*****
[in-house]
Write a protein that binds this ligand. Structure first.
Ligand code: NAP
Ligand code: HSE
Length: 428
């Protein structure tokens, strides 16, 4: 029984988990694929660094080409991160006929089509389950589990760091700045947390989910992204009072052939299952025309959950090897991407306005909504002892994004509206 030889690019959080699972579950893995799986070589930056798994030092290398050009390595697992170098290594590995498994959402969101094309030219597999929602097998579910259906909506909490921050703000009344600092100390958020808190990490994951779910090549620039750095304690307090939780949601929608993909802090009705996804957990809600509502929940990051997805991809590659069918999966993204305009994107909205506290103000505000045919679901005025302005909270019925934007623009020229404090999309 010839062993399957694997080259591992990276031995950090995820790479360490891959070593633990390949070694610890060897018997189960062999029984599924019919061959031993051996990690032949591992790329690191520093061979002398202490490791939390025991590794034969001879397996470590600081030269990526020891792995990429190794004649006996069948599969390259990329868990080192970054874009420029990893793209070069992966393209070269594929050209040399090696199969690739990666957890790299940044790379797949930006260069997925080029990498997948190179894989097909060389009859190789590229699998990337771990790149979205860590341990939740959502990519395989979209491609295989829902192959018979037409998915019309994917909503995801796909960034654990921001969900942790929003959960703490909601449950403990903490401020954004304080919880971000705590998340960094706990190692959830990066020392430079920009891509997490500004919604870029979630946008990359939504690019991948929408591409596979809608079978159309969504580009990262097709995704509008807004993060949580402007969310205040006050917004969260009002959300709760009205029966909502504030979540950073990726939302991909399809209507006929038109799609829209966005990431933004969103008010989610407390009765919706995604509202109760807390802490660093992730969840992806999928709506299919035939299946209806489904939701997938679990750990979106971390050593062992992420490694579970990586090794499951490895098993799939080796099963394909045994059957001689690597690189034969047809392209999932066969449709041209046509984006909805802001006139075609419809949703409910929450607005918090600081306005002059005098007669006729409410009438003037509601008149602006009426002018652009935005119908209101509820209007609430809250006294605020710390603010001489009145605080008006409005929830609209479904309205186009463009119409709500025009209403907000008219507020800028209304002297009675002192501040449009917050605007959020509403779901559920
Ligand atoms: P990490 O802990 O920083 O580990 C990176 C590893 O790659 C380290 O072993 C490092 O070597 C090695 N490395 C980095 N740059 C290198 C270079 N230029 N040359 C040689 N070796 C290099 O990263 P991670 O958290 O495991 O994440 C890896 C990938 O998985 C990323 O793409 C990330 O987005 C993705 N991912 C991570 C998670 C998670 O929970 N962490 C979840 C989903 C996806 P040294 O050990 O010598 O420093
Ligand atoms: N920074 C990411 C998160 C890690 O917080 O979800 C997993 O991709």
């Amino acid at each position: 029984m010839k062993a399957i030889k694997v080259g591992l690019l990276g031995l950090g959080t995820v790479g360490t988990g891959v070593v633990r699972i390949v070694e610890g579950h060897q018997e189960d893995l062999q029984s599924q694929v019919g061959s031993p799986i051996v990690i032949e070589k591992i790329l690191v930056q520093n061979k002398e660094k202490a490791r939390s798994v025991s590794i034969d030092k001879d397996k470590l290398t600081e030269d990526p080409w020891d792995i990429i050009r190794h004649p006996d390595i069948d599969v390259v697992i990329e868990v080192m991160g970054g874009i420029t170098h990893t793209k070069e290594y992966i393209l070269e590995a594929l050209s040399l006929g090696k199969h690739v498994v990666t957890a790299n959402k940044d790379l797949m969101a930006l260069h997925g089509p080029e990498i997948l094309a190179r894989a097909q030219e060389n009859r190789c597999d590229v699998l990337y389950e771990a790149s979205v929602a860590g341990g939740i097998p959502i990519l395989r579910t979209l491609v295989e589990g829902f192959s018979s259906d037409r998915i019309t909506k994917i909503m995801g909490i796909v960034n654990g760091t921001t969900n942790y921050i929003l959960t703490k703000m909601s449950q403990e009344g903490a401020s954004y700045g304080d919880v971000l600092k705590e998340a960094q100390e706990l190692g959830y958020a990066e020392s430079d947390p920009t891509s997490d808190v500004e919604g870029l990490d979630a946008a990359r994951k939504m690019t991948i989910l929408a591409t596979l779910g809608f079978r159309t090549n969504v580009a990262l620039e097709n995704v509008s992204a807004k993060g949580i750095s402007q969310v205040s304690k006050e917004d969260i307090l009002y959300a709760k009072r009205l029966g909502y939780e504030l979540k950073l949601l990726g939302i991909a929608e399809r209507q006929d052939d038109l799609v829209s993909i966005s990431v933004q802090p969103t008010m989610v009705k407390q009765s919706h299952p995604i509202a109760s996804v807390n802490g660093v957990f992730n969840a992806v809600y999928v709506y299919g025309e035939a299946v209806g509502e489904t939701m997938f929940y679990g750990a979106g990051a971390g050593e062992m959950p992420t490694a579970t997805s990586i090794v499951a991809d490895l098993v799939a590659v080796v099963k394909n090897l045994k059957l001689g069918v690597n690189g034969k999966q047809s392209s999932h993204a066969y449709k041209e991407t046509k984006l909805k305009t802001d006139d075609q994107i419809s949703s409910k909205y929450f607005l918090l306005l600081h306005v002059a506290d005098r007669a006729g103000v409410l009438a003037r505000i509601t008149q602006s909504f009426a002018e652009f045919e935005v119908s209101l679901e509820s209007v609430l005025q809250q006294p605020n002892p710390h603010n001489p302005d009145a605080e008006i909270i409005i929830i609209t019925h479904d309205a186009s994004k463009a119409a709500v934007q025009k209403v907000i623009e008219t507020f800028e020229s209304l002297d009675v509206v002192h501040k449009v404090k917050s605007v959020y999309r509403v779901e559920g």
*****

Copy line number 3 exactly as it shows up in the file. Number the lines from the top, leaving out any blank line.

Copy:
Ligand code: NAP